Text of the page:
Nebraska is not Washington, D.C. The state’s nonpartisan political tradition focuses on solving problems together instead of scoring points through political theater.
That’s why the Legislature, unlike Congress, tends to get results when it investigates matters independently. Nebraska governors tend to respond to constructive legislative prodding.
Recent history of these inquiries offers positive examples in child welfare reform and changes at the Beatrice State Developmental Center for the developmentally disabled.
In both cases, longstanding public concerns persisted. The Legislature chose to investigate, aired the problems publicly, then worked with Gov. Dave Heineman and his department leaders to address shortcomings senators identified.
That’s how good government should work. Voters hope an administration they elect won’t need legislative oversight, yet they maintain that tool for the times when it is required.
This is one of those times.
Nebraska prison officials made decisions about how to handle a dangerous inmate and, shortly after his release, four people were dead. The question of whether state decisions might have contributed to those deaths should be enough to call for an independent examination of what happened.
Nebraskans deserve to know what occurred while murder suspect Nikko Jenkins was behind bars and how he got out of prison early.
They want to avoid it happening again.
So the Legislature is right to exert itself independently with Legislative Resolution 424 by Sen. Steve Lathrop of Omaha.
LR 424 calls for a special legislative investigation into Jenkins’ incarceration and release, including the role of prison crowding, prisoner isolation, good-time laws, mental health treatment, rehabilitation and policies on preparing inmates for life outside of prison.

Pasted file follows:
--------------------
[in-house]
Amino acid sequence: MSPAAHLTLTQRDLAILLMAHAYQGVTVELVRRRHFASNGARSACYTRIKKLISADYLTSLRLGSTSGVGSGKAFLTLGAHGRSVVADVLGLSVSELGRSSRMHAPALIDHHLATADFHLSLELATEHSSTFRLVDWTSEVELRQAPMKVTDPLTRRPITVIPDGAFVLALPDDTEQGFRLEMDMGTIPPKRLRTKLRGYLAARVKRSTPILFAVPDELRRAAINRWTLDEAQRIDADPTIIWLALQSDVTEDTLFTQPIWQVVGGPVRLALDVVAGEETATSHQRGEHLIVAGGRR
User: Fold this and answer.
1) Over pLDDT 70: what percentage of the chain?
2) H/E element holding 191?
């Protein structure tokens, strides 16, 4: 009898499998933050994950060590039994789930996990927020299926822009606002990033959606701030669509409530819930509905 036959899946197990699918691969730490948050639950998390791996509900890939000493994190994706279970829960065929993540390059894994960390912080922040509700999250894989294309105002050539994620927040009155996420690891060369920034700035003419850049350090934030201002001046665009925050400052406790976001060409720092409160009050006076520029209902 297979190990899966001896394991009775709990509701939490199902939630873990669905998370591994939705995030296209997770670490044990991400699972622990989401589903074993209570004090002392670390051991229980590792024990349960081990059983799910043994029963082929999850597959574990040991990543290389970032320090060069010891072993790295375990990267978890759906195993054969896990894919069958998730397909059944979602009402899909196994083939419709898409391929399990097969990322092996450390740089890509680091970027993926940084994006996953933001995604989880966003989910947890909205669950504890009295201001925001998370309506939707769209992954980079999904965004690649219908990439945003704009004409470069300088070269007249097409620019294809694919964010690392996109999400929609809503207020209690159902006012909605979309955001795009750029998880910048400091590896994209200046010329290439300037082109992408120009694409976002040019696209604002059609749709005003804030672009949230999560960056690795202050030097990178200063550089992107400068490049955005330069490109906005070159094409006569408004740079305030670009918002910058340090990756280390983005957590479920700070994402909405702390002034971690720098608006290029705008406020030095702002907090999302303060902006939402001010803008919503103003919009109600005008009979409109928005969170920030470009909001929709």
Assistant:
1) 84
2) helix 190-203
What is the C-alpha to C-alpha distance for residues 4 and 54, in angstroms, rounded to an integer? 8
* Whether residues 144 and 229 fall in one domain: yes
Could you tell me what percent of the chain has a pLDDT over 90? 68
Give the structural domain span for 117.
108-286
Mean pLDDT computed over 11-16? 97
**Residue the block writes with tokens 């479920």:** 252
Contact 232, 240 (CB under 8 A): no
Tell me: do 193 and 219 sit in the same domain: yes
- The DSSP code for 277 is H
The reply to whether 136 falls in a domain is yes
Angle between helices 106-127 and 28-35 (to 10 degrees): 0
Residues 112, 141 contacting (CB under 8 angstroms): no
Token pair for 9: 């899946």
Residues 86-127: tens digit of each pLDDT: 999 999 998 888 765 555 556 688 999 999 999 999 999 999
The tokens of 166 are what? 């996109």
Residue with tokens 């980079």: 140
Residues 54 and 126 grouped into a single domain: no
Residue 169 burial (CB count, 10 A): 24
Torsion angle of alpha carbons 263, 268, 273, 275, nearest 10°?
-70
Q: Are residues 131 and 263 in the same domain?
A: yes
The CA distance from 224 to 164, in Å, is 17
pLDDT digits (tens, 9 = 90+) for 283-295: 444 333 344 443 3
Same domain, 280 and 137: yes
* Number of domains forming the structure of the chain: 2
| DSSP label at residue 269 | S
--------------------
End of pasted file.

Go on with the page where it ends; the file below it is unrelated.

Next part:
Here is a quick refresher from a recent State Ombudsman’s Office report on the Jenkins case:
While he was behind bars, state prison officials deemed Jenkins so dangerous that they kept him apart from other prisoners.
Jenkins did not receive adequate mental health care in prison, nor did officials pursue a mental health commitment for him as he approached his release date.
Because of a lack of administrative follow- through, Jenkins still got out early under Nebraska’s automatic “good-time” law. The state took away only 17½ months of his good time, despite actions that included making a knife out of a toilet brush and attacking a guard.
Jenkins’ case has added fuel to serious talks about prison reforms and a renewed emphasis on treatment and rehabilitation. Those discussions are welcome and should not wait.
The ombudsman’s office reports that Nebraska’s prisons have slid into the practice of warehousing dangerous inmates instead of helping prepare them to return to society. That is not a good thing for public safety, let alone the inmates.
LR 424, which has been sent to the full Legislature for consideration, has the potential to produce answers that will inform future debates and help the state improve its prisons.